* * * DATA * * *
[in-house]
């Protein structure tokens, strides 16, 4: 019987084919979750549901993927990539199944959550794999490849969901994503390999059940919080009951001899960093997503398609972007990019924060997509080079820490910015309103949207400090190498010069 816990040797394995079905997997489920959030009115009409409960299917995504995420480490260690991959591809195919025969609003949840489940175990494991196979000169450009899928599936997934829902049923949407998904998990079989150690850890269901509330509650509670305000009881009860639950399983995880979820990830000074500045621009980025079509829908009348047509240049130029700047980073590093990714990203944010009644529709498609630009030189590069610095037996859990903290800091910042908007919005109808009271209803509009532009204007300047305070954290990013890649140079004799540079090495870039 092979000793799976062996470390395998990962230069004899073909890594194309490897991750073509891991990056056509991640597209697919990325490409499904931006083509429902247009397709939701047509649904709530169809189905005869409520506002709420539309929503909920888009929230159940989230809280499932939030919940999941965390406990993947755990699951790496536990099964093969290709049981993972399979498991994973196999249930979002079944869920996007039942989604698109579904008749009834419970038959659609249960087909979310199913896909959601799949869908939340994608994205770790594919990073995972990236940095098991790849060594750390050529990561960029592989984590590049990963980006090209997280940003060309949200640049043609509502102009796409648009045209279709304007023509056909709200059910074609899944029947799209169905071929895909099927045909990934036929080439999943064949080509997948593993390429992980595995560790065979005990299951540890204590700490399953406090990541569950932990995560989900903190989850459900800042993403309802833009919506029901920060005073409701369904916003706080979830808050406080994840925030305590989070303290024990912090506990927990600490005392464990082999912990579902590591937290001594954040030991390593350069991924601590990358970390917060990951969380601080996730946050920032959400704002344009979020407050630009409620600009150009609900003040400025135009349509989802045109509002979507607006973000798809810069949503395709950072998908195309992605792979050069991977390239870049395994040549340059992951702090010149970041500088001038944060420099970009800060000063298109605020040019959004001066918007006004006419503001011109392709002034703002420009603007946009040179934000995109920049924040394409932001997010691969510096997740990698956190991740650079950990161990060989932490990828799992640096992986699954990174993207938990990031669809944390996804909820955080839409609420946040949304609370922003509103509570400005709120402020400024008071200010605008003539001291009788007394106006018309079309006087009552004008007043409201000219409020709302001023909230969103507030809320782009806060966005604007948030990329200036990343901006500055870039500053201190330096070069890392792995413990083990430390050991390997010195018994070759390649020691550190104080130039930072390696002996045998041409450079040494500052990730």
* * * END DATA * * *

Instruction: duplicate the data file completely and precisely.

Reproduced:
[in-house]
């Protein structure tokens, strides 16, 4: 019987084919979750549901993927990539199944959550794999490849969901994503390999059940919080009951001899960093997503398609972007990019924060997509080079820490910015309103949207400090190498010069 816990040797394995079905997997489920959030009115009409409960299917995504995420480490260690991959591809195919025969609003949840489940175990494991196979000169450009899928599936997934829902049923949407998904998990079989150690850890269901509330509650509670305000009881009860639950399983995880979820990830000074500045621009980025079509829908009348047509240049130029700047980073590093990714990203944010009644529709498609630009030189590069610095037996859990903290800091910042908007919005109808009271209803509009532009204007300047305070954290990013890649140079004799540079090495870039 092979000793799976062996470390395998990962230069004899073909890594194309490897991750073509891991990056056509991640597209697919990325490409499904931006083509429902247009397709939701047509649904709530169809189905005869409520506002709420539309929503909920888009929230159940989230809280499932939030919940999941965390406990993947755990699951790496536990099964093969290709049981993972399979498991994973196999249930979002079944869920996007039942989604698109579904008749009834419970038959659609249960087909979310199913896909959601799949869908939340994608994205770790594919990073995972990236940095098991790849060594750390050529990561960029592989984590590049990963980006090209997280940003060309949200640049043609509502102009796409648009045209279709304007023509056909709200059910074609899944029947799209169905071929895909099927045909990934036929080439999943064949080509997948593993390429992980595995560790065979005990299951540890204590700490399953406090990541569950932990995560989900903190989850459900800042993403309802833009919506029901920060005073409701369904916003706080979830808050406080994840925030305590989070303290024990912090506990927990600490005392464990082999912990579902590591937290001594954040030991390593350069991924601590990358970390917060990951969380601080996730946050920032959400704002344009979020407050630009409620600009150009609900003040400025135009349509989802045109509002979507607006973000798809810069949503395709950072998908195309992605792979050069991977390239870049395994040549340059992951702090010149970041500088001038944060420099970009800060000063298109605020040019959004001066918007006004006419503001011109392709002034703002420009603007946009040179934000995109920049924040394409932001997010691969510096997740990698956190991740650079950990161990060989932490990828799992640096992986699954990174993207938990990031669809944390996804909820955080839409609420946040949304609370922003509103509570400005709120402020400024008071200010605008003539001291009788007394106006018309079309006087009552004008007043409201000219409020709302001023909230969103507030809320782009806060966005604007948030990329200036990343901006500055870039500053201190330096070069890392792995413990083990430390050991390997010195018994070759390649020691550190104080130039930072390696002996045998041409450079040494500052990730």